Memories of the Alhambra Episode 1 gets off to a good start, with the connection between Jung Se-joo, Yoo Jin-woo and Jung Hee-joo solved.
After covering the entire series of Mr. Sunshine, I am now tasked with Memories of the Alhambra. Overnight, I have somehow become the Special Correspondent for Korean Drama Series. It ain’t too bad, but it is such a shame that Netflix decides to release two episodes over the weekend. It is a little heavy. Anyway, let the journey begin: Memories of the Alhambra Episode 1 was a true imaginative eye-opener.
In the opening, cryptic programmer Jung Se-joo (Chan-Yeol Park) is seen frantically trying to get a train to Granada. At this stage the reasons are unknown, but he seems distracted, sweating to keep calm on the train. He is seemingly shot while travelling; however, I would take that scene with a pinch of salt. Memories of the Alhambra is about an augmented reality game, after all.
Memories of the Alhambra Episode 1 then swiftly diverts its attention to Alhambra, which if you are not aware is a palace and fortress complex located in Granada, Andalusia, Spain. Business executive Yoo Jin-woo (Hyun Bin) is perusing the village almost like he is a tourist, with his well-tailored clothes, a fancy watch and an air of arrogance about him.
He is determined to use a Spanish hostel owned by Jung Hee-joo (Shin-Hye Park), despite her repeated attempts for him to find a hotel. It’s clear the amount of luggage he has, and his demands far outreach the facilities of a shabby hostel.
There is a clear connection between Yoo Jin-woo and Jung Hee-joo that I am confident the Korean series will explore. A significant amount of time is spent on the pair discussing the hostel and forming a type of chemistry that is to be enjoyed until the central theme of the series kicks in, which is the augmented reality game.
Yoo Jin-woo goes out exploring the village innocently, but then the town becomes a game, with the historical landmarks coming alive, and a warrior “kills him” forcing him to log out. I was impressed by the introduction of this game, as it did little to persuade the audience that the level he was on had started. Yoo Jin-woo spends all night trying to kill this warrior, which eventually he successfully achieves.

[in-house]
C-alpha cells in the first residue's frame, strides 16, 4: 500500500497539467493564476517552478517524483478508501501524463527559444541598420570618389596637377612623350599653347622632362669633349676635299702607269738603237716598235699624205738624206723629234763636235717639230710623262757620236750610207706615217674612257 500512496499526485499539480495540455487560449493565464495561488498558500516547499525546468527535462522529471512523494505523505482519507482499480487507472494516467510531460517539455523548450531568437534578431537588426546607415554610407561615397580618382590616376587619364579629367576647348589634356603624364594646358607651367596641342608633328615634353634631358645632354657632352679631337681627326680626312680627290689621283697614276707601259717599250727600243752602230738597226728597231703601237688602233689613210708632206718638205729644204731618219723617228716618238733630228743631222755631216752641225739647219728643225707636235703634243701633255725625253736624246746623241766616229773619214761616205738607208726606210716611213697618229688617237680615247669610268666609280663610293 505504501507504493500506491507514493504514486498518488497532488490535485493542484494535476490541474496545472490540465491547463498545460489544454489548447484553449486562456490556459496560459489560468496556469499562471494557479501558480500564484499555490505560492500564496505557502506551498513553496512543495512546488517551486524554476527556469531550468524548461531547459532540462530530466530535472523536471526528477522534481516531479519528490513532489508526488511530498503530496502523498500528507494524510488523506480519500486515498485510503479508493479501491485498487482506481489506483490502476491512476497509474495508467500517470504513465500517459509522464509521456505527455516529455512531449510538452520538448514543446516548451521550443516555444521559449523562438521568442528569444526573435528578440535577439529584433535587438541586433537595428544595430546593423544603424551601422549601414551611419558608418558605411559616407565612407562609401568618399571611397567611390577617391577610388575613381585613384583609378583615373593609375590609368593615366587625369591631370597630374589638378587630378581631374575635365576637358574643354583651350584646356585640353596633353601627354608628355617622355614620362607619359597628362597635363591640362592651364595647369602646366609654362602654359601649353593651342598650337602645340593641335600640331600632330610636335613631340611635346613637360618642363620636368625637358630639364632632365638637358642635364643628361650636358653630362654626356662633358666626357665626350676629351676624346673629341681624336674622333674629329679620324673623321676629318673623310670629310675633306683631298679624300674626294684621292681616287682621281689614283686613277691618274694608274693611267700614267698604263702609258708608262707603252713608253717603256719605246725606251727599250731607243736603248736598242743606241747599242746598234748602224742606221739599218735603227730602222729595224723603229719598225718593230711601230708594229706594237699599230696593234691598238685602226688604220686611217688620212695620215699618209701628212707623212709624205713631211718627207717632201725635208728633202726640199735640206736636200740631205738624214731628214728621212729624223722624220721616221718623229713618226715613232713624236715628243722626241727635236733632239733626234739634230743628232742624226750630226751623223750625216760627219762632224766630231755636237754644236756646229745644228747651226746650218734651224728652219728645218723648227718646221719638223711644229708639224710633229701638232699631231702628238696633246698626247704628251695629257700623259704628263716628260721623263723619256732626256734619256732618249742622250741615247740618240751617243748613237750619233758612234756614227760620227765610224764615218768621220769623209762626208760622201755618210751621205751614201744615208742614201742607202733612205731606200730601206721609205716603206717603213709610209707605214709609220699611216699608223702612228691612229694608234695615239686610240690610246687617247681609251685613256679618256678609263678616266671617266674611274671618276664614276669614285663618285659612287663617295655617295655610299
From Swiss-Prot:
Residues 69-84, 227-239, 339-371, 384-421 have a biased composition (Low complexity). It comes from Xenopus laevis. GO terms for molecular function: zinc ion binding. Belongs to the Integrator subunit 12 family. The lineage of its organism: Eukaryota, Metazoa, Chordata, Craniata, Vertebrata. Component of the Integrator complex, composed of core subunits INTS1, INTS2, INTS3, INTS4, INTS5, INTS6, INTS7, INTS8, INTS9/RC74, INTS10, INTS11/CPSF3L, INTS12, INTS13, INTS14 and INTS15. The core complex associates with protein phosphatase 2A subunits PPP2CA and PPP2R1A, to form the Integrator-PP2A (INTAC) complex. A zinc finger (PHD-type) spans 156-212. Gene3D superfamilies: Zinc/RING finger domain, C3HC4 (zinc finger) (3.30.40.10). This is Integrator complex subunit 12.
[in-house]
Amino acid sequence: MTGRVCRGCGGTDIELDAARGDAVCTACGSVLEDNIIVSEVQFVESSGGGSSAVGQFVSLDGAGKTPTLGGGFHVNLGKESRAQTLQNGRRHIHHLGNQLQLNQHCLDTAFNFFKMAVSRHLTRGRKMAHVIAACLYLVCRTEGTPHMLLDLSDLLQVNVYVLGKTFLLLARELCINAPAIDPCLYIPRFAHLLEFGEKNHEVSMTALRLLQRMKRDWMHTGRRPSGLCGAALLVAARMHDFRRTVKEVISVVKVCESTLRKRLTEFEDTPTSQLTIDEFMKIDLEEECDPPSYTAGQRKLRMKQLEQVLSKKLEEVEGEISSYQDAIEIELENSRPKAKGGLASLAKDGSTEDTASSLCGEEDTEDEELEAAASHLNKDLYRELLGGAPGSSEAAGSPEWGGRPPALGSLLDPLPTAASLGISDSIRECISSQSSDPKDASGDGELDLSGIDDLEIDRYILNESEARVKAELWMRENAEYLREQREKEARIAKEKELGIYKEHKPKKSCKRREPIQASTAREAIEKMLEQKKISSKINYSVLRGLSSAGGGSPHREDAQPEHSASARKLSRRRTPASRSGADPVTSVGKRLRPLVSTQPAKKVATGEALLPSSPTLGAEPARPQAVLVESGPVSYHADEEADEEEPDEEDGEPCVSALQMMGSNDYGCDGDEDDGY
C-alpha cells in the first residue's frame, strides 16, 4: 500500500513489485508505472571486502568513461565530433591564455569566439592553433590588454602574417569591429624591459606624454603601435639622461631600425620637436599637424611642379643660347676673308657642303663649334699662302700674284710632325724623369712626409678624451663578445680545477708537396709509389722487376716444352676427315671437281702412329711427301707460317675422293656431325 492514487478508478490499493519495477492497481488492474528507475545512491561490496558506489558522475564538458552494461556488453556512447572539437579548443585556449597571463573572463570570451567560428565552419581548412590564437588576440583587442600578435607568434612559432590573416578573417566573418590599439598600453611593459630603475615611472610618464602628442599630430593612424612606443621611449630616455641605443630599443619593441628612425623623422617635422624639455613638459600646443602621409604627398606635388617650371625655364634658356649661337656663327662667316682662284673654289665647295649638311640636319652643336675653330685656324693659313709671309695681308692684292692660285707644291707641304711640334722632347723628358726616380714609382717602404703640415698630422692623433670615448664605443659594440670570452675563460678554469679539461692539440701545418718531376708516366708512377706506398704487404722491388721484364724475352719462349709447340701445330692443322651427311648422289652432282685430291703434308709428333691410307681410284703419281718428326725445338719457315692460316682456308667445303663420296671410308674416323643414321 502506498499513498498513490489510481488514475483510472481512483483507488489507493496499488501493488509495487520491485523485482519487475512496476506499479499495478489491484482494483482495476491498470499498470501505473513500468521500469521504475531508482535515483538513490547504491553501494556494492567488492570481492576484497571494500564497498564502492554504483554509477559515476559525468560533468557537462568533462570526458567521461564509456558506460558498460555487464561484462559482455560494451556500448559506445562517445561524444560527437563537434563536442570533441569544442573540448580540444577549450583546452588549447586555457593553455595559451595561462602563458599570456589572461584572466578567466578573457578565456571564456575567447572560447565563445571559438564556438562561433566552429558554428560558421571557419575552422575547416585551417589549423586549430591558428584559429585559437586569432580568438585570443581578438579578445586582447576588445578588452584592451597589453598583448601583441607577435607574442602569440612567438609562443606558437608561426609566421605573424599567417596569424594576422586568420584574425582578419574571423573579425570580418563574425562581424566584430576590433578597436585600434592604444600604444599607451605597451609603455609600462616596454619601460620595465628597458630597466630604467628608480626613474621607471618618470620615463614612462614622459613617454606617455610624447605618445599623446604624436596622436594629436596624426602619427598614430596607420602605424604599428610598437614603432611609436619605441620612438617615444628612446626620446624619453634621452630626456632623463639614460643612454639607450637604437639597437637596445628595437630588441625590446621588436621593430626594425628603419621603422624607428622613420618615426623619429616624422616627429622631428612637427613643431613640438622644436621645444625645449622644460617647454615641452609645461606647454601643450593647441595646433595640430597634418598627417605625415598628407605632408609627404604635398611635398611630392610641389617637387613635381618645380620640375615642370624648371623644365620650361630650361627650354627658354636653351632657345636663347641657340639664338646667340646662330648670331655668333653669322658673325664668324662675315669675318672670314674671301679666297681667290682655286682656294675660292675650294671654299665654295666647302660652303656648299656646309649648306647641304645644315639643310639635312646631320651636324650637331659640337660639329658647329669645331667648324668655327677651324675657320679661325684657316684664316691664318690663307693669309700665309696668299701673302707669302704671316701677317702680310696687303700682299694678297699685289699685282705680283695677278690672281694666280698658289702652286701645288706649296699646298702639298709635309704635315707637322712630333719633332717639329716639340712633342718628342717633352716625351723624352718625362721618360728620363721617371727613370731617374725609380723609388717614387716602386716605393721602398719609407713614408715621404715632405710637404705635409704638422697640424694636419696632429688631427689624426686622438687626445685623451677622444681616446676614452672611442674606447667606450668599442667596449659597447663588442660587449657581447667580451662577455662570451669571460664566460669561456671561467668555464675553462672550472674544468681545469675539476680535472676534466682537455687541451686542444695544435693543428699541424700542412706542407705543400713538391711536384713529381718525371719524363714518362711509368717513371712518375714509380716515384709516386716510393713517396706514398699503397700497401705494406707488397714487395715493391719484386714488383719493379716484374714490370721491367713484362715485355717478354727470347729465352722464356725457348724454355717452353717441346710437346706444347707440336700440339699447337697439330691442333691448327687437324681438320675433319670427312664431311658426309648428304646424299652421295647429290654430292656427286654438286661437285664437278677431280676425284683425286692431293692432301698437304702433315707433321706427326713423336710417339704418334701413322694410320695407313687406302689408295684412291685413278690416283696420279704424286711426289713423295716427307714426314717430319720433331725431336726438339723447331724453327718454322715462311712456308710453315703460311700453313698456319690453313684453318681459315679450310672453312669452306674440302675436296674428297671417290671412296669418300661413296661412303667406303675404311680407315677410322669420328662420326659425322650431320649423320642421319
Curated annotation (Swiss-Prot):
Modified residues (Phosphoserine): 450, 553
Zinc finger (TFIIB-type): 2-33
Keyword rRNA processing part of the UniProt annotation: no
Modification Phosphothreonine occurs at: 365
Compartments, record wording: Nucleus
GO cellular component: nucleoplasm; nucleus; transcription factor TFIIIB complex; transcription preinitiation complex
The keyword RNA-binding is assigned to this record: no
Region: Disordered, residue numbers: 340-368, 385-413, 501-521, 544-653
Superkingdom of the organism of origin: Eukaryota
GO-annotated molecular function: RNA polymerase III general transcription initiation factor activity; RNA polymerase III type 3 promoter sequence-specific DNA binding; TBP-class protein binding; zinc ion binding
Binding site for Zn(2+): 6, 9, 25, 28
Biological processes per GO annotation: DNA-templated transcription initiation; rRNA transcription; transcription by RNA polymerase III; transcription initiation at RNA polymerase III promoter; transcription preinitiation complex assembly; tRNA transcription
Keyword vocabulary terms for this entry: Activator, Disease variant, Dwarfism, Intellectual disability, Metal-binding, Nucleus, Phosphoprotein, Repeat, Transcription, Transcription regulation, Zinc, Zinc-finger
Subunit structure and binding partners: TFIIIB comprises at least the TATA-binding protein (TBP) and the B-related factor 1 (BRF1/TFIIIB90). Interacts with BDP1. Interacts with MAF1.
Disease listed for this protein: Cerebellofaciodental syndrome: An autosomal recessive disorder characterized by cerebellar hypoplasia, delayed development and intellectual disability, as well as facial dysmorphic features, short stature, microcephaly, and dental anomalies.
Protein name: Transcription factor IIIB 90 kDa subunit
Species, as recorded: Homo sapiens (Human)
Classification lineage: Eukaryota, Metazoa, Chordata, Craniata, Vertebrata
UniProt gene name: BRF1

I was pleasantly amused by the consequences of playing this game, because if you haven’t got the smart lense in your eyes, then it looks like the player is swinging his arms frantically in the middle of the streets. The game looks as real as life, so it is easy for Yoo Jin-woo to become so accustomed to his new reality.
Once Yoo Jin-woo learns of the realism of this game, he wants to invest. However, the elusive programmer hardly leaves any trace, except that he will be in the hostel. Stressed and panicked at the prospect of losing the sale, he speaks to his advisor while trying to cook some ramen noodles, which causes the fire alarm to go off. With an air of privilege and a high tone of selfishness, he insults the hostel owner to the lowest level, making her feel inferior.
Memories of the Alhambra Episode 1 does not place Yoo Jin-woo in a good light at all at this moment, and I was instantly discouraged by his behaviour and treatment towards Jung Hee-joo. As he continues finishing his call, he learns that the programmer is a minor, so the sale of the game will have to be signed by his guardian – which turns out to be his sister, the hostel owner.
The ending served such classic irony, as Yoo Jin-woo instantly changed his tone. He looks at her like a pot of gold, while she is still wiping away her tears from the pile of insults thrown at her. It seems like Yoo Jin-woo has some begging to do.
Memories of the Alhambra Episode 1 teaches the old life lesson to treat people as you would like to be addressed. Don’t be a rich dick.